But that’s not what happens. Alexis becomes the focus – at one point she’s framed for murder by a male senator out for revenge who dresses up as Alexis and throws someone off a balcony.  The last sentence is something I find amazing that I have ever written yet by the stage of the programme in which this happens it’s almost mundane – and the series loses direction completely.  Suddenly everyone’s character becomes as large as Alexis. In all honesty, it’s the only way they could play scenes with her.  Hell, even her fourth husband, a man we initially meet in the countryside chopping wood – a fairly routine thing for anyone to be doing – is revealed to be the long-lost son of the family’s former butler out for revenge.   And he’s one of the more credible characters.

Suddenly everyone has a flamboyant character, suddenly everyone’s performance is arch and any acknowledgement at reality becomes perfunctory at best.

And it’s not just Alexis – suddenly everyone begins to behave more like her.  Any pretence at the reality established in the first season goes out of the window. Suddenly everyone has a flamboyant character (except Steven, natch), suddenly everyone’s performance is arch (particularly when they share a scene with Joanie) and any acknowledgement at reality becomes perfunctory at best.  What makes matters worse is that the plots become far, far more important than the characters so that quite often people have to act out of character for things to happen.  Over the course of nine seasons some character changes are inevitable, but not to this extent.  How the actors coped with this is a mystery, and one which provides great entertainment for a regular viewer.  Just sit back as Joan struggles to find a way to make Alexis’s latest escapade remotely credible.  Gasp at Heather Locklear’s ability to make Sammy Jo a believable character.  Best of all, watch Pamela Bellwood.  Of all the cast, Claudia Blaisdel is the most thankless part.  Claudia changes character completely whenever the plot needs it, sometimes in the middle of a season, sometimes in the middle of an episode and a few times in the middle of a single scene.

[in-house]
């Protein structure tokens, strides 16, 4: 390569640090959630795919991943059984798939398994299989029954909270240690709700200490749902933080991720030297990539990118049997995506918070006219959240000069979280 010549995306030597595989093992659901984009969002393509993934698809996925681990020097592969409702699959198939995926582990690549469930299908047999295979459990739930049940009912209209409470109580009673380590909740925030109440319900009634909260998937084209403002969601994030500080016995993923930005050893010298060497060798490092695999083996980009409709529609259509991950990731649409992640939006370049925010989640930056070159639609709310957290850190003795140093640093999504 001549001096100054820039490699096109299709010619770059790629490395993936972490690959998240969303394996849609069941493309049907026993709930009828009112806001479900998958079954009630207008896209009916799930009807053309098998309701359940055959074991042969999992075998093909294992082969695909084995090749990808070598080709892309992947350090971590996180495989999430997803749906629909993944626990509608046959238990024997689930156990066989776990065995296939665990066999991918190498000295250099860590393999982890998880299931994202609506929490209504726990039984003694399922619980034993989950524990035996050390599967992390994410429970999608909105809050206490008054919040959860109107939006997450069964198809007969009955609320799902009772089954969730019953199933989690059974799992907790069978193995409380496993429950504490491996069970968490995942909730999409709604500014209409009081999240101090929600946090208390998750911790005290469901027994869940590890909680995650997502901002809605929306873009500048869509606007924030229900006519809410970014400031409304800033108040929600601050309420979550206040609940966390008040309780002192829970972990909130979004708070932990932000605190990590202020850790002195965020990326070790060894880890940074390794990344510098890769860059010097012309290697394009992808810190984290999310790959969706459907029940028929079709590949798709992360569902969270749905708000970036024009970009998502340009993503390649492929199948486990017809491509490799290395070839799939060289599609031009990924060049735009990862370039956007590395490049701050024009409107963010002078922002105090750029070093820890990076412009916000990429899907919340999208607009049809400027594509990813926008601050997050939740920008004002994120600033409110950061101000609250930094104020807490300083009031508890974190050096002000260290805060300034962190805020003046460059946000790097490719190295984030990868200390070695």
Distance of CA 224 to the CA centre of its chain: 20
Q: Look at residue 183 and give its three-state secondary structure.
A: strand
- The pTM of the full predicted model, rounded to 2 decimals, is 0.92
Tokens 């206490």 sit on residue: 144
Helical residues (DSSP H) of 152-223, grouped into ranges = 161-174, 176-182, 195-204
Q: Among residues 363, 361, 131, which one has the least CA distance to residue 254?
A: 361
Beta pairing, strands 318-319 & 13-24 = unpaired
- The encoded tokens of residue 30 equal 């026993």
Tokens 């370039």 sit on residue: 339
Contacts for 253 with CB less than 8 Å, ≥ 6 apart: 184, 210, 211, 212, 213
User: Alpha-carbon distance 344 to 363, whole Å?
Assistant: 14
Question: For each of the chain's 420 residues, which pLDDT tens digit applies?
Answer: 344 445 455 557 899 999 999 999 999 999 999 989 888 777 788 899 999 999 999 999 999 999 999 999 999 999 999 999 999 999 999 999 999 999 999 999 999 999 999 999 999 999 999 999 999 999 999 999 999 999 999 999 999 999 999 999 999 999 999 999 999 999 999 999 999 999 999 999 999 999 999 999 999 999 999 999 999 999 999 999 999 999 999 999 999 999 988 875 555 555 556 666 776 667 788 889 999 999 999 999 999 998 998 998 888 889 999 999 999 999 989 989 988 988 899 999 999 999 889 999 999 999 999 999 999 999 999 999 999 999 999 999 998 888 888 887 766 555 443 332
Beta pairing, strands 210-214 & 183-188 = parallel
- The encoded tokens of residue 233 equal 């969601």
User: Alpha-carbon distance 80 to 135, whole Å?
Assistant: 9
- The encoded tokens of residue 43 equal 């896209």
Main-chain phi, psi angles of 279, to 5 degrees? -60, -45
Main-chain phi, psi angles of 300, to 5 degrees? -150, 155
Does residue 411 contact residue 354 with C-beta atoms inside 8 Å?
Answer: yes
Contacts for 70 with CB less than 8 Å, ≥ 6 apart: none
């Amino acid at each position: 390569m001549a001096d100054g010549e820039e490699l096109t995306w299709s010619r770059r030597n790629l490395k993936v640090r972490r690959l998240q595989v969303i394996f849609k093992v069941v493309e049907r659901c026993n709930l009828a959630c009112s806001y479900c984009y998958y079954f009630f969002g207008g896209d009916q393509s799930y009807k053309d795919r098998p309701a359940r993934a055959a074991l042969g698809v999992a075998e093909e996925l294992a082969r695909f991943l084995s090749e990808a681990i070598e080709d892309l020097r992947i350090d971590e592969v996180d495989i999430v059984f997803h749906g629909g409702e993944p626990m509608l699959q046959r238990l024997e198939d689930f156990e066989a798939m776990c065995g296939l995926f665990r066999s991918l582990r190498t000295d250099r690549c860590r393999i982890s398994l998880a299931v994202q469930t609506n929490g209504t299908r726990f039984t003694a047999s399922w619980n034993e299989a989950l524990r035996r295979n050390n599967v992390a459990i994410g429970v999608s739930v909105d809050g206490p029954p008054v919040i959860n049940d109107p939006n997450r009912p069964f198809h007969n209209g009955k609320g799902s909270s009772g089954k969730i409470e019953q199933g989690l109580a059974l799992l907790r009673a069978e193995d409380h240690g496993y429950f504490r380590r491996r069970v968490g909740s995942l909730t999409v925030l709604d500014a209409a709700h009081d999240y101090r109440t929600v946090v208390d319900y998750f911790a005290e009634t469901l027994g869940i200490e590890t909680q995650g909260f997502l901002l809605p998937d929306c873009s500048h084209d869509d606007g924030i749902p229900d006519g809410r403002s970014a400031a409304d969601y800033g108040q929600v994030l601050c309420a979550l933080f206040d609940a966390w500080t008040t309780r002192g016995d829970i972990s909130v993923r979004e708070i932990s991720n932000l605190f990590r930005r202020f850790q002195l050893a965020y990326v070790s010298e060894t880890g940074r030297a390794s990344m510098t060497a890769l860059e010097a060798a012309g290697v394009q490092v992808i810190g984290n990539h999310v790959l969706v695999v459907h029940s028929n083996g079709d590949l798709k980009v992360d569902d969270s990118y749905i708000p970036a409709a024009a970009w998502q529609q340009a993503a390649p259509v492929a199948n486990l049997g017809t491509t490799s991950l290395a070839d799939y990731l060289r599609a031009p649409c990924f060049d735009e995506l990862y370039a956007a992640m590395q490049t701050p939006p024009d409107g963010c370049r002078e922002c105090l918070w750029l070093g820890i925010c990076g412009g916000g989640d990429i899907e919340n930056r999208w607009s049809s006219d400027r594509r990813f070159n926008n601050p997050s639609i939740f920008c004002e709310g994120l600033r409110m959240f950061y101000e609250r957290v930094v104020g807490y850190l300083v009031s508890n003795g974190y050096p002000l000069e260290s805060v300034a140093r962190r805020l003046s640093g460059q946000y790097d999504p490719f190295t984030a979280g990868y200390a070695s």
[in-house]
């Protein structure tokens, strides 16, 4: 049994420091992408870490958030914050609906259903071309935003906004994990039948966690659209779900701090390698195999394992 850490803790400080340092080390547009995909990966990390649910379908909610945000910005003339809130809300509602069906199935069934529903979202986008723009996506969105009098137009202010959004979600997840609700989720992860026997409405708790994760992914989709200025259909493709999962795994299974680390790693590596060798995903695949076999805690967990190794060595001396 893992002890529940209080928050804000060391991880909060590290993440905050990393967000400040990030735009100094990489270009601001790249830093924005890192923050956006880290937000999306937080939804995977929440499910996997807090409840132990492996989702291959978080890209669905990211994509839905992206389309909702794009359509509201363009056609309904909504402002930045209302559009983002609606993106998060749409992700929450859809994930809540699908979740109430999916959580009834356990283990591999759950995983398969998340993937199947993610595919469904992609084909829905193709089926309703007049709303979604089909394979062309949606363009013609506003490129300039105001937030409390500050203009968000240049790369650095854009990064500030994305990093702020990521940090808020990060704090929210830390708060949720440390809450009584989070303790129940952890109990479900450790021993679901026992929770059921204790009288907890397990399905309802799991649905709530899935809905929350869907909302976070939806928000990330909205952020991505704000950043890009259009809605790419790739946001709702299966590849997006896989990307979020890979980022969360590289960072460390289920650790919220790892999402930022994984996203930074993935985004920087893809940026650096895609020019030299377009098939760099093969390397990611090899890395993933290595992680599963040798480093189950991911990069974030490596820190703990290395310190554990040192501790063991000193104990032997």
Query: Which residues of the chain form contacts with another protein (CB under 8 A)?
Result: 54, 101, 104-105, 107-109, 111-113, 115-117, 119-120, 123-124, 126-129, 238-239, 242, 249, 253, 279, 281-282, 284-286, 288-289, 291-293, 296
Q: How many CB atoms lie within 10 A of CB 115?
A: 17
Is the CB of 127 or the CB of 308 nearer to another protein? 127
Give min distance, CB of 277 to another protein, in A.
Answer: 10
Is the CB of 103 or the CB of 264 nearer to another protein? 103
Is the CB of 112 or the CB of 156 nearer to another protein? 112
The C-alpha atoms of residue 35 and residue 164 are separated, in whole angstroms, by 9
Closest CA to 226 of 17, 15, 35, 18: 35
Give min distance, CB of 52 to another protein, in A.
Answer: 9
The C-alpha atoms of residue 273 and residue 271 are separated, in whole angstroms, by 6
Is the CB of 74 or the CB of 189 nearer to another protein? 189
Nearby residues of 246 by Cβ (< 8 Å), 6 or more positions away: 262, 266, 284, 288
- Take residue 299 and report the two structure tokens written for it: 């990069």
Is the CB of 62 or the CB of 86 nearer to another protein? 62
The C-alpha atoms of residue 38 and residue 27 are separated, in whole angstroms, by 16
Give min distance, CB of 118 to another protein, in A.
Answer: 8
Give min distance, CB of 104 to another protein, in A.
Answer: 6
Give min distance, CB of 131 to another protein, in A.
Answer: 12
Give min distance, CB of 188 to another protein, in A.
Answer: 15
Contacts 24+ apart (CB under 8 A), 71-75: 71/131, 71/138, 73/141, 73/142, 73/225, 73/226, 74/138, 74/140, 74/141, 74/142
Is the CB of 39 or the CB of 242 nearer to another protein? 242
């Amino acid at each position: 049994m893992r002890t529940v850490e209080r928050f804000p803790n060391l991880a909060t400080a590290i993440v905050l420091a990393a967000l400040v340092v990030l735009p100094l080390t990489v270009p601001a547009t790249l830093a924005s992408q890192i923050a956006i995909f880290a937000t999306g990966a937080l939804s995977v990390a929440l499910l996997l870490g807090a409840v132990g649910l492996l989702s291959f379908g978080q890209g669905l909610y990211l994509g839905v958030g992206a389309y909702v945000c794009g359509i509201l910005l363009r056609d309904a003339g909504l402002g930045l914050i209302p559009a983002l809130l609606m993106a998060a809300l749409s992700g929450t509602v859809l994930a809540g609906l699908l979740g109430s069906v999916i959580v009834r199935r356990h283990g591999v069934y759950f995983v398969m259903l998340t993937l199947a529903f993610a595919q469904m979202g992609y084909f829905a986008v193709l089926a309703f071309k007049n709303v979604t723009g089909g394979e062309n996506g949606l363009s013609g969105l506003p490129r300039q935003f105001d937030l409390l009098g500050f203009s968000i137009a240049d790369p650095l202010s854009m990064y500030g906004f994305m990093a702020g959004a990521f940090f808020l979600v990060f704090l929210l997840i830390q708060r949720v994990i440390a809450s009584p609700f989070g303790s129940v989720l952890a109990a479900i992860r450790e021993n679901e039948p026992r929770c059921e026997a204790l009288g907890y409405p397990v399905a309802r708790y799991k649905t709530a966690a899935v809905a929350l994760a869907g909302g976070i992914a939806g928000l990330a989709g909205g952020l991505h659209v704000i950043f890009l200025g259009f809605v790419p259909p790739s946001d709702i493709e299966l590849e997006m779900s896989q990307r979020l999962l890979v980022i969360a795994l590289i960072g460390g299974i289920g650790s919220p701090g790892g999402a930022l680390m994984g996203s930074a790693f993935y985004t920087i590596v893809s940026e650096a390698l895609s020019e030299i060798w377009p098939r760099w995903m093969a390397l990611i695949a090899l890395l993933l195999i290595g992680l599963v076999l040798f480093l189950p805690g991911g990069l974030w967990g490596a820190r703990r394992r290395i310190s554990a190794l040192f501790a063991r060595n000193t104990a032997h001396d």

How Pamela Bellwood could act any of this is beyond me (given the confused and slightly pained expression she adopts throughout, it seems to be beyond her too, which is probably why she gave up two thirds of the way through and asked to leave) and it’s quite unforgiveable when the key staff on the writing team remain the same throughout the series.  One would expect them to know what their own characters would be capable of doing, yet they’re so intent on outdoing the season finale the previous year that logic, character and basic common sense go out of the window.

Suddenly you have all of the characters assembled in a fictitious European country for a royal wedding at which point there’s a coup and armed guerrillas burst in to the ceremony and mow everyone down with submachine guns.